Recently, the Spokane County commissioners again urged the U.S. Bureau of Indian Affairs to reject the Spokane Tribe’s proposal to build a casino resort complex on off-reservation land near Fairchild Air Force Base.
Building on the already clear record of the negative impact the tribe’s development would have on Fairchild, the commissioners revealed further analysis that identifies even greater risk to the base and the surrounding community, including the fact that the final environmental impact statement published by the BIA for the casino used an outdated methodology to define the base’s crash zone.
If the BIA had followed the correct procedure, the EIS would have clearly shown that the Spokane Tribe’s project site lies within the crash zone for flight patterns used by pilots during their Visual Flight Rules training missions. BIA’s failure to ensure the use of the latest and best available data regarding impacts to Fairchild puts the base at risk.
Our community should be grateful for the leadership the commissioners demonstrate and, in light of the circumstances, they are completely justified in the amount of time and resources they have committed to this effort.
The reality is Fairchild’s future in our community is not a guarantee. This base is in tough competition in an increasingly challenging federal budget environment. While some proponents of the Spokane development have publicly dismissed this threat, even suggesting that the loss of the base is inevitable or desirable, we know the risk is real.
Fairchild’s presence is responsible for thousands of jobs and hundreds of millions of dollars in annual economic benefit in our community. Without a doubt, the Spokane region’s future is brighter with Fairchild in it.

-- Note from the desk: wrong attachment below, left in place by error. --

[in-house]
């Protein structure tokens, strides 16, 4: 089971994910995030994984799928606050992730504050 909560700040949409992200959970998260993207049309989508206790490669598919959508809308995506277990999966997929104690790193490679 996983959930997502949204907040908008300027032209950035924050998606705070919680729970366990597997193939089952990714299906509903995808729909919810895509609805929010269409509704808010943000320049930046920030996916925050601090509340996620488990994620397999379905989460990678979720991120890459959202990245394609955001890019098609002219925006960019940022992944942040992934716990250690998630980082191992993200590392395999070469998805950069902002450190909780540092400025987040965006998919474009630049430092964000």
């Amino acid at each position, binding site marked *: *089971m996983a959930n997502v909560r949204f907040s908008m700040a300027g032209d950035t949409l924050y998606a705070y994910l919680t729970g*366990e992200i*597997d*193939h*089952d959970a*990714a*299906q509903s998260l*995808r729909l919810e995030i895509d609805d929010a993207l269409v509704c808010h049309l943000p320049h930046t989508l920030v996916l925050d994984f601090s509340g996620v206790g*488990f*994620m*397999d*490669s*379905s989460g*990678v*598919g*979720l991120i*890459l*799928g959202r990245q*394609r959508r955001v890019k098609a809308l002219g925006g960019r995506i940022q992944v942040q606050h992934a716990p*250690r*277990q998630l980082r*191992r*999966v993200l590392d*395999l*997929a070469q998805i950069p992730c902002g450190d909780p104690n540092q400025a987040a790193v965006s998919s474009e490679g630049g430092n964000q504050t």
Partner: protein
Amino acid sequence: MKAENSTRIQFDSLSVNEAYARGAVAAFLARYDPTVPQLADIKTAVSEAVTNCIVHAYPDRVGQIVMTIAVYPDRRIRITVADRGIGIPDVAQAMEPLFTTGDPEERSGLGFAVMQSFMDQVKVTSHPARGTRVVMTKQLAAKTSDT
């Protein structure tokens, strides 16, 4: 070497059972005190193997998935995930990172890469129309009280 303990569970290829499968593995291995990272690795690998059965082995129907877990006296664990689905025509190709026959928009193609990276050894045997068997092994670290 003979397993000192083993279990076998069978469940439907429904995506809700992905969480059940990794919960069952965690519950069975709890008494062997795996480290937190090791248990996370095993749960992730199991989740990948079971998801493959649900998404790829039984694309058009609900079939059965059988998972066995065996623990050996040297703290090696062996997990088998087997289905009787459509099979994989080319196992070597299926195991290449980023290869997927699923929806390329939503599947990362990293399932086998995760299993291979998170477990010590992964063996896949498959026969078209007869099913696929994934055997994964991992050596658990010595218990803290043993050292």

Forward Fairchild has repeatedly spoken out about the importance of proper land use surrounding the base. Our position on the type of high-density development proposed by the Spokane Tribe is based on more than a decade of experience promoting and protecting Fairchild. In the hundreds of meetings we’ve had with people at all levels of the U.S. Air Force, we have consistently heard the same message: Protect our base by preventing and removing encroachment. As we examined this issue, we have attempted to remain relentlessly focused on this fact. While others have opinions about the level of risk posed by the Spokane Tribe’s proposed development, the record reflects that those risks are real.
The Air Force itself has identified and presented its concerns regarding the Spokane Tribe’s proposed development. Those concerns, prepared by the director of Fairchild Air Force Base’s Encroachment Management Team, include aircraft flights over the site that are likely to generate noise complaints; light pollution; the proximity of the site to base air traffic patterns; and the large concentration of people in the proposed development’s building and the potential for an “aircraft crash/mishap.” These concerns should not be ignored as the federal government concludes its process on whether to approve the Spokane Tribe’s request.
Protecting the base through proper land-use regulations is the job of the local community, not the Air Force. Time and again, Fairchild’s base commanders have told us to follow the guidance contained in the Joint Land Use Study, a report supported and funded by the U.S. Department of Defense and the Air Force. Spokane County has adopted rules informed by that report to guide its land-use decisions. Factually, if any other developer were proposing to build an equivalent project on this site, they would not be allowed to do so under city of Spokane and county ordinances.
Thankfully, other area leaders, including Rep. Cathy McMorris Rodgers, have also spoken out forcefully in opposition to the Spokane Tribe’s project because of the negative impacts to Fairchild. Frankly, we need more elected officials to join in standing up and speaking out on behalf of Fairchild.
Specifically, we need our state’s U.S. senators, Patty Murray and Maria Cantwell, to join our cause in protecting the base by rejecting the Spokane Tribe’s proposal. While they are great friends and supporters of the base in many other ways, their voices are sorely missed on this issue. Given the stakes, now is the time for all supporters of the base to weigh in.
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